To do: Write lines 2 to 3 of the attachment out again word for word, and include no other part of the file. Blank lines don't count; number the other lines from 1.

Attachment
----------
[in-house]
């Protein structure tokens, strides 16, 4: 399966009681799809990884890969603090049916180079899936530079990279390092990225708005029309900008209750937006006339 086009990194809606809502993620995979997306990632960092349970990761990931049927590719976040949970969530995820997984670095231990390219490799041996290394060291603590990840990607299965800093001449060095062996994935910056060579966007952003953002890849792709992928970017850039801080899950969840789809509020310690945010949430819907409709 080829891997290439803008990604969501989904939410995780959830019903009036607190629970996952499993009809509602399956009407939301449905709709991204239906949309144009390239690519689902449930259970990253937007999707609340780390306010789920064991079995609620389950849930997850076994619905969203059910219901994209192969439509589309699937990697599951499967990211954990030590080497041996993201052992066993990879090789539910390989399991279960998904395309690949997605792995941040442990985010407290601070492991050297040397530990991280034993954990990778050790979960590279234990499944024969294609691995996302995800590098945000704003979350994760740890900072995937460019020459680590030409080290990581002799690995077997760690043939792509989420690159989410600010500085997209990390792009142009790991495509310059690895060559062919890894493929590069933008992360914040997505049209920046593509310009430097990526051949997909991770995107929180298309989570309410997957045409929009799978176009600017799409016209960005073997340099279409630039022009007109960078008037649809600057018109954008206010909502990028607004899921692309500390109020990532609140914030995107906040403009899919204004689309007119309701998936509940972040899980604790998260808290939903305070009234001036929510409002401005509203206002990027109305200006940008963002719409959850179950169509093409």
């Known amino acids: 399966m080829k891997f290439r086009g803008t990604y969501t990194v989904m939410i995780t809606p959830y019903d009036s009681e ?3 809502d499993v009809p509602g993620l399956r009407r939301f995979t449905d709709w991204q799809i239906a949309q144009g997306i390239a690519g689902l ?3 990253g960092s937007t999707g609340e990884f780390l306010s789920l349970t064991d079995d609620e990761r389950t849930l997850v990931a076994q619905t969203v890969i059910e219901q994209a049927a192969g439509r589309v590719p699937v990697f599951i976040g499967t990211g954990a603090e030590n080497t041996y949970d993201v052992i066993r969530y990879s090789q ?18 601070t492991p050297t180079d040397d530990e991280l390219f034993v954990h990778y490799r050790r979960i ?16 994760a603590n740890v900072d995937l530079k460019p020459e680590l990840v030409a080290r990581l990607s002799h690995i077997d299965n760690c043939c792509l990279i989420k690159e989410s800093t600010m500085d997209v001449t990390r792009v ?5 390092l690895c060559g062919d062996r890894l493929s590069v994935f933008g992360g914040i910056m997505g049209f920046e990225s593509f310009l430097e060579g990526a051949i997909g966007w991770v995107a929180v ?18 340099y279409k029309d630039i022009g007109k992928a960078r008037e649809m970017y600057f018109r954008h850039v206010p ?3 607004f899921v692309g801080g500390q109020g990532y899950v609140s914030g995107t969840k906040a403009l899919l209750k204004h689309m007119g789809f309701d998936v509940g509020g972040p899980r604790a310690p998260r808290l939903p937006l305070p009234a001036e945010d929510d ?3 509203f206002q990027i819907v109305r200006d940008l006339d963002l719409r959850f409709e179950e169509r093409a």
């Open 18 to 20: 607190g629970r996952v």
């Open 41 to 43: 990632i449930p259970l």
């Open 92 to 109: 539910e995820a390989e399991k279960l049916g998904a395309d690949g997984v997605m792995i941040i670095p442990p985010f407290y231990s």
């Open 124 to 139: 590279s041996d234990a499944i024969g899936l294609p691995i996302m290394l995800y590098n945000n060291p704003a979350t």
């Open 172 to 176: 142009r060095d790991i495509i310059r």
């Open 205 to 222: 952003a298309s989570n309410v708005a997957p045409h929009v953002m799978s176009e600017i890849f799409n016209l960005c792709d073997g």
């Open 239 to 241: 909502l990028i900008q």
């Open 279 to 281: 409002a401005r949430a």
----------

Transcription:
């Protein structure tokens, strides 16, 4: 399966009681799809990884890969603090049916180079899936530079990279390092990225708005029309900008209750937006006339 086009990194809606809502993620995979997306990632960092349970990761990931049927590719976040949970969530995820997984670095231990390219490799041996290394060291603590990840990607299965800093001449060095062996994935910056060579966007952003953002890849792709992928970017850039801080899950969840789809509020310690945010949430819907409709 080829891997290439803008990604969501989904939410995780959830019903009036607190629970996952499993009809509602399956009407939301449905709709991204239906949309144009390239690519689902449930259970990253937007999707609340780390306010789920064991079995609620389950849930997850076994619905969203059910219901994209192969439509589309699937990697599951499967990211954990030590080497041996993201052992066993990879090789539910390989399991279960998904395309690949997605792995941040442990985010407290601070492991050297040397530990991280034993954990990778050790979960590279234990499944024969294609691995996302995800590098945000704003979350994760740890900072995937460019020459680590030409080290990581002799690995077997760690043939792509989420690159989410600010500085997209990390792009142009790991495509310059690895060559062919890894493929590069933008992360914040997505049209920046593509310009430097990526051949997909991770995107929180298309989570309410997957045409929009799978176009600017799409016209960005073997340099279409630039022009007109960078008037649809600057018109954008206010909502990028607004899921692309500390109020990532609140914030995107906040403009899919204004689309007119309701998936509940972040899980604790998260808290939903305070009234001036929510409002401005509203206002990027109305200006940008963002719409959850179950169509093409």
């Known amino acids: 399966m080829k891997f290439r086009g803008t990604y969501t990194v989904m939410i995780t809606p959830y019903d009036s009681e ?3 809502d499993v009809p509602g993620l399956r009407r939301f995979t449905d709709w991204q799809i239906a949309q144009g997306i390239a690519g689902l ?3 990253g960092s937007t999707g609340e990884f780390l306010s789920l349970t064991d079995d609620e990761r389950t849930l997850v990931a076994q619905t969203v890969i059910e219901q994209a049927a192969g439509r589309v590719p699937v990697f599951i976040g499967t990211g954990a603090e030590n080497t041996y949970d993201v052992i066993r969530y990879s090789q ?18 601070t492991p050297t180079d040397d530990e991280l390219f034993v954990h990778y490799r050790r979960i ?16 994760a603590n740890v900072d995937l530079k460019p020459e680590l990840v030409a080290r990581l990607s002799h690995i077997d299965n760690c043939c792509l990279i989420k690159e989410s800093t600010m500085d997209v001449t990390r792009v ?5 390092l690895c060559g062919d062996r890894l493929s590069v994935f933008g992360g914040i910056m997505g049209f920046e990225s593509f310009l430097e060579g990526a051949i997909g966007w991770v995107a929180v ?18 340099y279409k029309d630039i022009g007109k992928a960078r008037e649809m970017y600057f018109r954008h850039v206010p ?3 607004f899921v692309g801080g500390q109020g990532y899950v609140s914030g995107t969840k906040a403009l899919l209750k204004h689309m007119g789809f309701d998936v509940g509020g972040p899980r604790a310690p998260r808290l939903p937006l305070p009234a001036e945010d929510d ?3 509203f206002q990027i819907v109305r200006d940008l006339d963002l719409r959850f409709e179950e169509r093409a």